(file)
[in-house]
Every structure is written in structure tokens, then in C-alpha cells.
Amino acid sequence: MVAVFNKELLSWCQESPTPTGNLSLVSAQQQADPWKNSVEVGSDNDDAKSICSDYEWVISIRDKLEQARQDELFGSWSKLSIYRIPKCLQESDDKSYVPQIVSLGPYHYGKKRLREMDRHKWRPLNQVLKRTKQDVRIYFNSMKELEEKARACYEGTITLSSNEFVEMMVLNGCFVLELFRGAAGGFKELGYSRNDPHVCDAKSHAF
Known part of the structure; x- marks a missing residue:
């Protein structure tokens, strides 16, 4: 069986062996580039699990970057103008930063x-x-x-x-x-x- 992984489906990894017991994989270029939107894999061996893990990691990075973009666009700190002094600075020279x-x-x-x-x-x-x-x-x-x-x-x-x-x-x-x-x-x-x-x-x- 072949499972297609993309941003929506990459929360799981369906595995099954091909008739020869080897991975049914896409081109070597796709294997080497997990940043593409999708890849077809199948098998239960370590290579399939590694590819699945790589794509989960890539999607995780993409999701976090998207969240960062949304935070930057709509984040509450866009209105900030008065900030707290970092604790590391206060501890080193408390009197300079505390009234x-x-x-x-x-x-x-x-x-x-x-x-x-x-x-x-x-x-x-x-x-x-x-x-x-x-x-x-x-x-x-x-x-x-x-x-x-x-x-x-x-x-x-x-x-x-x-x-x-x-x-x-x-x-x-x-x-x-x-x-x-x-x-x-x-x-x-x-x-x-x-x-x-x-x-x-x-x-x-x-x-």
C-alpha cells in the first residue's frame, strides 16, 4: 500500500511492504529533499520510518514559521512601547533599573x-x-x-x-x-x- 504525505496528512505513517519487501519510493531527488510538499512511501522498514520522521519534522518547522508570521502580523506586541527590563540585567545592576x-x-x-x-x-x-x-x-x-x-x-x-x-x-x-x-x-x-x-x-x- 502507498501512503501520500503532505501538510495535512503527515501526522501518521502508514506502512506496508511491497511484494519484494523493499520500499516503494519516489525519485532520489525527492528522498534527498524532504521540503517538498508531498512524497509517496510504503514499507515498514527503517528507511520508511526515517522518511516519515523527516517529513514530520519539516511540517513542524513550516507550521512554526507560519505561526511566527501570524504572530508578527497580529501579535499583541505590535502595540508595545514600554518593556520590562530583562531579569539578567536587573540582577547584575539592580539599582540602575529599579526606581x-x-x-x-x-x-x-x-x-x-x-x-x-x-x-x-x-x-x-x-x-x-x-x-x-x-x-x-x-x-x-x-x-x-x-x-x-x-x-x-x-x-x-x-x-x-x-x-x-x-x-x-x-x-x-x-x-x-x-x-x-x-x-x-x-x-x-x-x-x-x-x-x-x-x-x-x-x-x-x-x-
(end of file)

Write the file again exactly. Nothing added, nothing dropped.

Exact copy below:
[in-house]
Every structure is written in structure tokens, then in C-alpha cells.
Amino acid sequence: MVAVFNKELLSWCQESPTPTGNLSLVSAQQQADPWKNSVEVGSDNDDAKSICSDYEWVISIRDKLEQARQDELFGSWSKLSIYRIPKCLQESDDKSYVPQIVSLGPYHYGKKRLREMDRHKWRPLNQVLKRTKQDVRIYFNSMKELEEKARACYEGTITLSSNEFVEMMVLNGCFVLELFRGAAGGFKELGYSRNDPHVCDAKSHAF
Known part of the structure; x- marks a missing residue:
């Protein structure tokens, strides 16, 4: 069986062996580039699990970057103008930063x-x-x-x-x-x- 992984489906990894017991994989270029939107894999061996893990990691990075973009666009700190002094600075020279x-x-x-x-x-x-x-x-x-x-x-x-x-x-x-x-x-x-x-x-x- 072949499972297609993309941003929506990459929360799981369906595995099954091909008739020869080897991975049914896409081109070597796709294997080497997990940043593409999708890849077809199948098998239960370590290579399939590694590819699945790589794509989960890539999607995780993409999701976090998207969240960062949304935070930057709509984040509450866009209105900030008065900030707290970092604790590391206060501890080193408390009197300079505390009234x-x-x-x-x-x-x-x-x-x-x-x-x-x-x-x-x-x-x-x-x-x-x-x-x-x-x-x-x-x-x-x-x-x-x-x-x-x-x-x-x-x-x-x-x-x-x-x-x-x-x-x-x-x-x-x-x-x-x-x-x-x-x-x-x-x-x-x-x-x-x-x-x-x-x-x-x-x-x-x-x-």
C-alpha cells in the first residue's frame, strides 16, 4: 500500500511492504529533499520510518514559521512601547533599573x-x-x-x-x-x- 504525505496528512505513517519487501519510493531527488510538499512511501522498514520522521519534522518547522508570521502580523506586541527590563540585567545592576x-x-x-x-x-x-x-x-x-x-x-x-x-x-x-x-x-x-x-x-x- 502507498501512503501520500503532505501538510495535512503527515501526522501518521502508514506502512506496508511491497511484494519484494523493499520500499516503494519516489525519485532520489525527492528522498534527498524532504521540503517538498508531498512524497509517496510504503514499507515498514527503517528507511520508511526515517522518511516519515523527516517529513514530520519539516511540517513542524513550516507550521512554526507560519505561526511566527501570524504572530508578527497580529501579535499583541505590535502595540508595545514600554518593556520590562530583562531579569539578567536587573540582577547584575539592580539599582540602575529599579526606581x-x-x-x-x-x-x-x-x-x-x-x-x-x-x-x-x-x-x-x-x-x-x-x-x-x-x-x-x-x-x-x-x-x-x-x-x-x-x-x-x-x-x-x-x-x-x-x-x-x-x-x-x-x-x-x-x-x-x-x-x-x-x-x-x-x-x-x-x-x-x-x-x-x-x-x-x-x-x-x-x-